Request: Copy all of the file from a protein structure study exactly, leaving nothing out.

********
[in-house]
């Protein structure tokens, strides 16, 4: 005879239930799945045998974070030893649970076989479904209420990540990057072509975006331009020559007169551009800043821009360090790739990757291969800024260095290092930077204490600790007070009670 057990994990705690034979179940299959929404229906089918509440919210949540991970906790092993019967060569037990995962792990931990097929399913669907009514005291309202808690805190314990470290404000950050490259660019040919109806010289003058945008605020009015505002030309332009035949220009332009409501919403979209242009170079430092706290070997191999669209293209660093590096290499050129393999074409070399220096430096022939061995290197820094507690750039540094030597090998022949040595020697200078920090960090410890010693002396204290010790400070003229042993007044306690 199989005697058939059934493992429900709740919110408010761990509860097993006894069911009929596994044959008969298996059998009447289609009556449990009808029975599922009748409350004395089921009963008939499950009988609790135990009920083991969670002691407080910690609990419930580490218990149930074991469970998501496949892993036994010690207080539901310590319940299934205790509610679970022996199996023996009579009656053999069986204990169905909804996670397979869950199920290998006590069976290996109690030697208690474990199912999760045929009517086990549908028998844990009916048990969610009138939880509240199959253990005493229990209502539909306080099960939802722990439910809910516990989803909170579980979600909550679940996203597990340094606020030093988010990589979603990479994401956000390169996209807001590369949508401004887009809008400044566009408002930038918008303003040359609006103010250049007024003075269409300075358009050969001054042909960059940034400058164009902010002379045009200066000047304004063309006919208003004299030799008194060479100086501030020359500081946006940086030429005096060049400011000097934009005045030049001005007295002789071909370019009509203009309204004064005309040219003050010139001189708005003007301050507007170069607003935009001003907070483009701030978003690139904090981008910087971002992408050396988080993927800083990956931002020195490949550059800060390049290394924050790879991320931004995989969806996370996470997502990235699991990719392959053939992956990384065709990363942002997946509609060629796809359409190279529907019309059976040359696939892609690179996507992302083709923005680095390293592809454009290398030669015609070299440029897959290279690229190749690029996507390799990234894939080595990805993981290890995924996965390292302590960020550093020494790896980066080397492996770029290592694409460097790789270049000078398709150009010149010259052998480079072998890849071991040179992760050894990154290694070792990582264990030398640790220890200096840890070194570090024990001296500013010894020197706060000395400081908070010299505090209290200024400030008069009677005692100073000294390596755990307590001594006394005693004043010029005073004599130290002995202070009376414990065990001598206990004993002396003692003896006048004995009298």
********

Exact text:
[in-house]
């Protein structure tokens, strides 16, 4: 005879239930799945045998974070030893649970076989479904209420990540990057072509975006331009020559007169551009800043821009360090790739990757291969800024260095290092930077204490600790007070009670 057990994990705690034979179940299959929404229906089918509440919210949540991970906790092993019967060569037990995962792990931990097929399913669907009514005291309202808690805190314990470290404000950050490259660019040919109806010289003058945008605020009015505002030309332009035949220009332009409501919403979209242009170079430092706290070997191999669209293209660093590096290499050129393999074409070399220096430096022939061995290197820094507690750039540094030597090998022949040595020697200078920090960090410890010693002396204290010790400070003229042993007044306690 199989005697058939059934493992429900709740919110408010761990509860097993006894069911009929596994044959008969298996059998009447289609009556449990009808029975599922009748409350004395089921009963008939499950009988609790135990009920083991969670002691407080910690609990419930580490218990149930074991469970998501496949892993036994010690207080539901310590319940299934205790509610679970022996199996023996009579009656053999069986204990169905909804996670397979869950199920290998006590069976290996109690030697208690474990199912999760045929009517086990549908028998844990009916048990969610009138939880509240199959253990005493229990209502539909306080099960939802722990439910809910516990989803909170579980979600909550679940996203597990340094606020030093988010990589979603990479994401956000390169996209807001590369949508401004887009809008400044566009408002930038918008303003040359609006103010250049007024003075269409300075358009050969001054042909960059940034400058164009902010002379045009200066000047304004063309006919208003004299030799008194060479100086501030020359500081946006940086030429005096060049400011000097934009005045030049001005007295002789071909370019009509203009309204004064005309040219003050010139001189708005003007301050507007170069607003935009001003907070483009701030978003690139904090981008910087971002992408050396988080993927800083990956931002020195490949550059800060390049290394924050790879991320931004995989969806996370996470997502990235699991990719392959053939992956990384065709990363942002997946509609060629796809359409190279529907019309059976040359696939892609690179996507992302083709923005680095390293592809454009290398030669015609070299440029897959290279690229190749690029996507390799990234894939080595990805993981290890995924996965390292302590960020550093020494790896980066080397492996770029290592694409460097790789270049000078398709150009010149010259052998480079072998890849071991040179992760050894990154290694070792990582264990030398640790220890200096840890070194570090024990001296500013010894020197706060000395400081908070010299505090209290200024400030008069009677005692100073000294390596755990307590001594006394005693004043010029005073004599130290002995202070009376414990065990001598206990004993002396003692003896006048004995009298």